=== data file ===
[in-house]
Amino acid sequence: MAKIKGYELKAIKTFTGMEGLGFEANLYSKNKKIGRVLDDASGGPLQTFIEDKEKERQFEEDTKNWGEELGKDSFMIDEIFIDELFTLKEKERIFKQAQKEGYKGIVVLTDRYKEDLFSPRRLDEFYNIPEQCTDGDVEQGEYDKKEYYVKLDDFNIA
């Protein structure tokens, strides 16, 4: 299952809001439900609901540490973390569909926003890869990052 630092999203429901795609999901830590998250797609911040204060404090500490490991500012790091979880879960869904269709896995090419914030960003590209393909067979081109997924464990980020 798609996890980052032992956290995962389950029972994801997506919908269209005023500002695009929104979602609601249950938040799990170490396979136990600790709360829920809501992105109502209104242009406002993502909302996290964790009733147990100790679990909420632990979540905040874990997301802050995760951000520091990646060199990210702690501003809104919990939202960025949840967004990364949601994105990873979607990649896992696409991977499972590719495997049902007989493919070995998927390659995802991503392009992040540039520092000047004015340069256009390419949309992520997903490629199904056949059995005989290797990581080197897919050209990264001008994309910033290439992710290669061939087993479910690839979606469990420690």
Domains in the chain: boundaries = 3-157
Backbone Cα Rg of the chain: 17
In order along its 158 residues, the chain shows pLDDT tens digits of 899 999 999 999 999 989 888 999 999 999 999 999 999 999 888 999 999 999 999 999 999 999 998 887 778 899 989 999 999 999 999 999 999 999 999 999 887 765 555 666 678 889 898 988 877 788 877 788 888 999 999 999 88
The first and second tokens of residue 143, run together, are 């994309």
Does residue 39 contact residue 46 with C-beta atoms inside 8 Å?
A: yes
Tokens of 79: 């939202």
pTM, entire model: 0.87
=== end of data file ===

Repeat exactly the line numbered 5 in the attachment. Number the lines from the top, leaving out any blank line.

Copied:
Backbone Cα Rg of the chain: 17